What is written on the folios of our hearts, whether it is literature or not, can be debated. But we all have written stories and songs like this, not to be told or shared with anyone. They are only for us to read and sing alone. But if they are the fond memories of those who are bigger than our hearts, it would be selfish to keep their memories to ourselves. The fondest memories of Gulzar that have travelled with me across the oceans, so far I have kept them to myself, safe from fire and winds. Those memories are in the form of letters, books and journals, detailing a number of visits to his home, Boskiyana, in Pali Hill, Mumbai, mostly with my father and occasionally with other family members. Gulzar has always been kind to welcome me at his home, whenever I have gone to Mumbai; even prior to my coming to the US, and in the years after. I first met Gulzar in 1990, and last in 2014, when I was invited to India to receive the Rajiv Gandhi Global Excellence Award.
In his living room, overlooking his garden, in the company of many Buddha statues and his books, Gulzar always greeted me by saying “Kasi hain Aap?” (How are you?). His voice shuts down all the outside noises, preparing one for a conversation with this modern-day Sufi, always clad in white. A person like me cannot be anything but herself in his presence. It is the tradition in the East that after greetings, we continue conversation with our guests by offering them something to drink. A sherbet made of almonds, saffron and milk, served with ice in a glass, is my favorite at Boskiyana. I have stored Gulzar’s memories in the sweetness of that sherbet and in the sunshine of the mornings spent at his home.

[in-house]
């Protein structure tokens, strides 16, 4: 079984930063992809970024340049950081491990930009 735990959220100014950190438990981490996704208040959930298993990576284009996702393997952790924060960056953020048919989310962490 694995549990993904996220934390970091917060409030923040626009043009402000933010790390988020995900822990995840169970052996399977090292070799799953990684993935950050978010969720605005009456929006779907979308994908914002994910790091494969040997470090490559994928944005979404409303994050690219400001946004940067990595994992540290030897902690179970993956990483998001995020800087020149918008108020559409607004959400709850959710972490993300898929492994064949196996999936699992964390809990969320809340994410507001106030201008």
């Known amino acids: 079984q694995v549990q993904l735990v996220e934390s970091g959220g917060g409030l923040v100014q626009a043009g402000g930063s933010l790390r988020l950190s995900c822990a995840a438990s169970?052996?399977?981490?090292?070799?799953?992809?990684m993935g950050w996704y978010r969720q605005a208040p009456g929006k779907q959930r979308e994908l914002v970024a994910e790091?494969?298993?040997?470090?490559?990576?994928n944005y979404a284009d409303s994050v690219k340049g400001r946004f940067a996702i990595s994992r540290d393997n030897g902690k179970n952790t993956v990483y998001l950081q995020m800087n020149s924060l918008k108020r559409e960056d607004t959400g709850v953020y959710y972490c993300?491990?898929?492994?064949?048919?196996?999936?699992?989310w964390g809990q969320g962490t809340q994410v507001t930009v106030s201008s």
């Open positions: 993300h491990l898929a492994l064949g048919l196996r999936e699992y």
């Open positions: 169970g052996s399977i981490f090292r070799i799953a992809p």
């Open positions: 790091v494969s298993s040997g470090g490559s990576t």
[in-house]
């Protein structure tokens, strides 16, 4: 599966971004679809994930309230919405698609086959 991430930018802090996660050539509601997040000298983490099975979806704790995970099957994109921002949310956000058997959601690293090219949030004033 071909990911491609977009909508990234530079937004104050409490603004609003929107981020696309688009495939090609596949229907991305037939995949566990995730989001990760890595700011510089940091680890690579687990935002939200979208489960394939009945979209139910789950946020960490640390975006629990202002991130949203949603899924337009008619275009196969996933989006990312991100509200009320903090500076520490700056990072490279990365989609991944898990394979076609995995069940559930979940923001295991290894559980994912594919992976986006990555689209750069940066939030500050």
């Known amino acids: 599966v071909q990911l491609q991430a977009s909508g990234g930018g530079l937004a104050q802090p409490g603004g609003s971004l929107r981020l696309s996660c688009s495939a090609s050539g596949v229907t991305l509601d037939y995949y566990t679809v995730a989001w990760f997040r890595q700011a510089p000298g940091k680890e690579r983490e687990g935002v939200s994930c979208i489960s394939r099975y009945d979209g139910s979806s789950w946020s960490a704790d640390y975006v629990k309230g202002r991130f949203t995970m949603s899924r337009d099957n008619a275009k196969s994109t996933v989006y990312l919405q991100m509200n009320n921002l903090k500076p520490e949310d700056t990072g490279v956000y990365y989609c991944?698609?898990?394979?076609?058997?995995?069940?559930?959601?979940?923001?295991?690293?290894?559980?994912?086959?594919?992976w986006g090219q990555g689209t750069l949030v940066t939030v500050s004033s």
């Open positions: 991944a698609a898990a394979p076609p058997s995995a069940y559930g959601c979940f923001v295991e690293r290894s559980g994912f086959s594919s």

The man whose life was torn apart by the partition of India and Pakistan; the man who once chose to make his living by painting cars, so that he could find time to pursue his dreams of becoming a writer and a filmmaker; the man who didn’t come to Hollywood to receive the Oscar for his groundbreaking song Jai Ho*, because he didn’t have a suit (at least this is what he told me, when I called to congratulate him, and asked him the reason he had not attended the Oscar ceremony), is known to the world simply as Gulzar; who was born as Smapooran Singh Kalra in Jhelum district of British India, now a part of Pakistan.